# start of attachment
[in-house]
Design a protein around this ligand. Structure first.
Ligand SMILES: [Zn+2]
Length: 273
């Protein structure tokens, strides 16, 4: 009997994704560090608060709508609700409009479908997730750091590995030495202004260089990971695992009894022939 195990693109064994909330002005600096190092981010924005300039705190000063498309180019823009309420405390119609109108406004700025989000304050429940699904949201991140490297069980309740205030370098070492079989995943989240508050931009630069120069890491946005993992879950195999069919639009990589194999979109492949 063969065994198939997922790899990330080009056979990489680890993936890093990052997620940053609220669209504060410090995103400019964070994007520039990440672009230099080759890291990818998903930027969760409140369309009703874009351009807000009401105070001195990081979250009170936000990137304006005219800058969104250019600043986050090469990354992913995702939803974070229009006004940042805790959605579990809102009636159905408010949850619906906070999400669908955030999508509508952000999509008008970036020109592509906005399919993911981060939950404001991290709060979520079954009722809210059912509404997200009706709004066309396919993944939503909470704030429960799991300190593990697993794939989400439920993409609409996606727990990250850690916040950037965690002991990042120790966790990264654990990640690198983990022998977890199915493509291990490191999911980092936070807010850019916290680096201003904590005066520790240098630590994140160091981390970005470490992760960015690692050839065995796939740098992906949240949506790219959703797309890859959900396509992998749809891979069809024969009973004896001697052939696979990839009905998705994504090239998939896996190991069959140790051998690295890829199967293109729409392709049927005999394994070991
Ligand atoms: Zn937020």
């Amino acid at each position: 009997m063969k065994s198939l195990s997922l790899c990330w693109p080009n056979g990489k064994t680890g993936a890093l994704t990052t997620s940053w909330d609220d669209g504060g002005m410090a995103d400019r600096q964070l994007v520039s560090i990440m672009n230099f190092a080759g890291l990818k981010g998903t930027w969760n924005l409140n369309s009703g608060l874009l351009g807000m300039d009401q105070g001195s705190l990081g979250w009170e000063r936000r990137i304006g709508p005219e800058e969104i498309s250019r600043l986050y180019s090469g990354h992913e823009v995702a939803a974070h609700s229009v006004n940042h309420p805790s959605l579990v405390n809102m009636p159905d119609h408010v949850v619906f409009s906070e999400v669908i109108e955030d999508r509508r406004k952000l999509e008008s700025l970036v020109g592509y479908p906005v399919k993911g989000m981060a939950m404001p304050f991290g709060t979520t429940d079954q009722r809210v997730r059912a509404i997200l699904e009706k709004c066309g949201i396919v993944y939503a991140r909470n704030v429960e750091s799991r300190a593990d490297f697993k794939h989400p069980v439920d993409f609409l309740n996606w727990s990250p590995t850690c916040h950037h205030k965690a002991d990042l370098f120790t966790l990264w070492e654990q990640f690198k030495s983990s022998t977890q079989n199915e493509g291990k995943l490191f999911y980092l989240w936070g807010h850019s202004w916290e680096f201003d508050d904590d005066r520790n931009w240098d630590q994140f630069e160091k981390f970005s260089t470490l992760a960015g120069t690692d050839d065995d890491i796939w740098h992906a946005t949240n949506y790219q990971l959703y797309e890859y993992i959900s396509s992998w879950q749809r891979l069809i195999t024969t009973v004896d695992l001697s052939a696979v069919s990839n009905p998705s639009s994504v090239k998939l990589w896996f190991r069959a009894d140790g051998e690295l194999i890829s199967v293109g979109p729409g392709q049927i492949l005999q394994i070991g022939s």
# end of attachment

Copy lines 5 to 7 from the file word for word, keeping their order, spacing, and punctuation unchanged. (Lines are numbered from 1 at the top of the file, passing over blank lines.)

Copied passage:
């Protein structure tokens, strides 16, 4: 009997994704560090608060709508609700409009479908997730750091590995030495202004260089990971695992009894022939 195990693109064994909330002005600096190092981010924005300039705190000063498309180019823009309420405390119609109108406004700025989000304050429940699904949201991140490297069980309740205030370098070492079989995943989240508050931009630069120069890491946005993992879950195999069919639009990589194999979109492949 063969065994198939997922790899990330080009056979990489680890993936890093990052997620940053609220669209504060410090995103400019964070994007520039990440672009230099080759890291990818998903930027969760409140369309009703874009351009807000009401105070001195990081979250009170936000990137304006005219800058969104250019600043986050090469990354992913995702939803974070229009006004940042805790959605579990809102009636159905408010949850619906906070999400669908955030999508509508952000999509008008970036020109592509906005399919993911981060939950404001991290709060979520079954009722809210059912509404997200009706709004066309396919993944939503909470704030429960799991300190593990697993794939989400439920993409609409996606727990990250850690916040950037965690002991990042120790966790990264654990990640690198983990022998977890199915493509291990490191999911980092936070807010850019916290680096201003904590005066520790240098630590994140160091981390970005470490992760960015690692050839065995796939740098992906949240949506790219959703797309890859959900396509992998749809891979069809024969009973004896001697052939696979990839009905998705994504090239998939896996190991069959140790051998690295890829199967293109729409392709049927005999394994070991
Ligand atoms: Zn937020």
């Amino acid at each position: 009997m063969k065994s198939l195990s997922l790899c990330w693109p080009n056979g990489k064994t680890g993936a890093l994704t990052t997620s940053w909330d609220d669209g504060g002005m410090a995103d400019r600096q964070l994007v520039s560090i990440m672009n230099f190092a080759g890291l990818k981010g998903t930027w969760n924005l409140n369309s009703g608060l874009l351009g807000m300039d009401q105070g001195s705190l990081g979250w009170e000063r936000r990137i304006g709508p005219e800058e969104i498309s250019r600043l986050y180019s090469g990354h992913e823009v995702a939803a974070h609700s229009v006004n940042h309420p805790s959605l579990v405390n809102m009636p159905d119609h408010v949850v619906f409009s906070e999400v669908i109108e955030d999508r509508r406004k952000l999509e008008s700025l970036v020109g592509y479908p906005v399919k993911g989000m981060a939950m404001p304050f991290g709060t979520t429940d079954q009722r809210v997730r059912a509404i997200l699904e009706k709004c066309g949201i396919v993944y939503a991140r909470n704030v429960e750091s799991r300190a593990d490297f697993k794939h989400p069980v439920d993409f609409l309740n996606w727990s990250p590995t850690c916040h950037h205030k965690a002991d990042l370098f120790t966790l990264w070492e654990q990640f690198k030495s983990s022998t977890q079989n199915e493509g291990k995943l490191f999911y980092l989240w936070g807010h850019s202004w916290e680096f201003d508050d904590d005066r520790n931009w240098d630590q994140f630069e160091k981390f970005s260089t470490l992760a960015g120069t690692d050839d065995d890491i796939w740098h992906a946005t949240n949506y790219q990971l959703y797309e890859y993992i959900s396509s992998w879950q749809r891979l069809i195999t024969t009973v004896d695992l001697s052939a696979v069919s990839n009905p998705s639009s994504v090239k998939l990589w896996f190991r069959a009894d140790g051998e690295l194999i890829s199967v293109g979109p729409g392709q049927i492949l005999q394994i070991g022939s």